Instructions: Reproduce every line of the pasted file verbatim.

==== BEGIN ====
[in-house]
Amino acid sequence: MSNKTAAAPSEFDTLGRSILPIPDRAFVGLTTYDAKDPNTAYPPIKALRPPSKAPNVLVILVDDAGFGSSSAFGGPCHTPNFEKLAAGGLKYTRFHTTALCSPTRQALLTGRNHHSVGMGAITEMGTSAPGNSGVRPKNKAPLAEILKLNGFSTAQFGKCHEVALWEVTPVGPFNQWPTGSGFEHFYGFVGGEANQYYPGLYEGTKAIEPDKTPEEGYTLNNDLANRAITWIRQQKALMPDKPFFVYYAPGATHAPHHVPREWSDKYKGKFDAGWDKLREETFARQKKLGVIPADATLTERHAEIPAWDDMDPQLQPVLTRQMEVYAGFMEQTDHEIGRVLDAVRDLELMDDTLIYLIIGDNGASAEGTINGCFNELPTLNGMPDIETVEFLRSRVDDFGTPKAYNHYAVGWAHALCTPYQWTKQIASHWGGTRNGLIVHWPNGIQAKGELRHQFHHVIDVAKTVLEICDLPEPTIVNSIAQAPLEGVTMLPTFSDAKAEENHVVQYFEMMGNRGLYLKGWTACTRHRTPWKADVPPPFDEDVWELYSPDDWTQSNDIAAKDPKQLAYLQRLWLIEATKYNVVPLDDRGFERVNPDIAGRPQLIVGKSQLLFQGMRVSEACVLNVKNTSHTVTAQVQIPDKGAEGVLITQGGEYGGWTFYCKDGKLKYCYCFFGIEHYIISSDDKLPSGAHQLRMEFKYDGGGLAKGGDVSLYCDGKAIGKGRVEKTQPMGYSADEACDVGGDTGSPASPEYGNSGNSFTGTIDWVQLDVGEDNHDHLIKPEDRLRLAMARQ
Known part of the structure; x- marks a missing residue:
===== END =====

[in-house]
Amino acid sequence: MSNKTAAAPSEFDTLGRSILPIPDRAFVGLTTYDAKDPNTAYPPIKALRPPSKAPNVLVILVDDAGFGSSSAFGGPCHTPNFEKLAAGGLKYTRFHTTALCSPTRQALLTGRNHHSVGMGAITEMGTSAPGNSGVRPKNKAPLAEILKLNGFSTAQFGKCHEVALWEVTPVGPFNQWPTGSGFEHFYGFVGGEANQYYPGLYEGTKAIEPDKTPEEGYTLNNDLANRAITWIRQQKALMPDKPFFVYYAPGATHAPHHVPREWSDKYKGKFDAGWDKLREETFARQKKLGVIPADATLTERHAEIPAWDDMDPQLQPVLTRQMEVYAGFMEQTDHEIGRVLDAVRDLELMDDTLIYLIIGDNGASAEGTINGCFNELPTLNGMPDIETVEFLRSRVDDFGTPKAYNHYAVGWAHALCTPYQWTKQIASHWGGTRNGLIVHWPNGIQAKGELRHQFHHVIDVAKTVLEICDLPEPTIVNSIAQAPLEGVTMLPTFSDAKAEENHVVQYFEMMGNRGLYLKGWTACTRHRTPWKADVPPPFDEDVWELYSPDDWTQSNDIAAKDPKQLAYLQRLWLIEATKYNVVPLDDRGFERVNPDIAGRPQLIVGKSQLLFQGMRVSEACVLNVKNTSHTVTAQVQIPDKGAEGVLITQGGEYGGWTFYCKDGKLKYCYCFFGIEHYIISSDDKLPSGAHQLRMEFKYDGGGLAKGGDVSLYCDGKAIGKGRVEKTQPMGYSADEACDVGGDTGSPASPEYGNSGNSFTGTIDWVQLDVGEDNHDHLIKPEDRLRLAMARQ
Known part of the structure; x- marks a missing residue: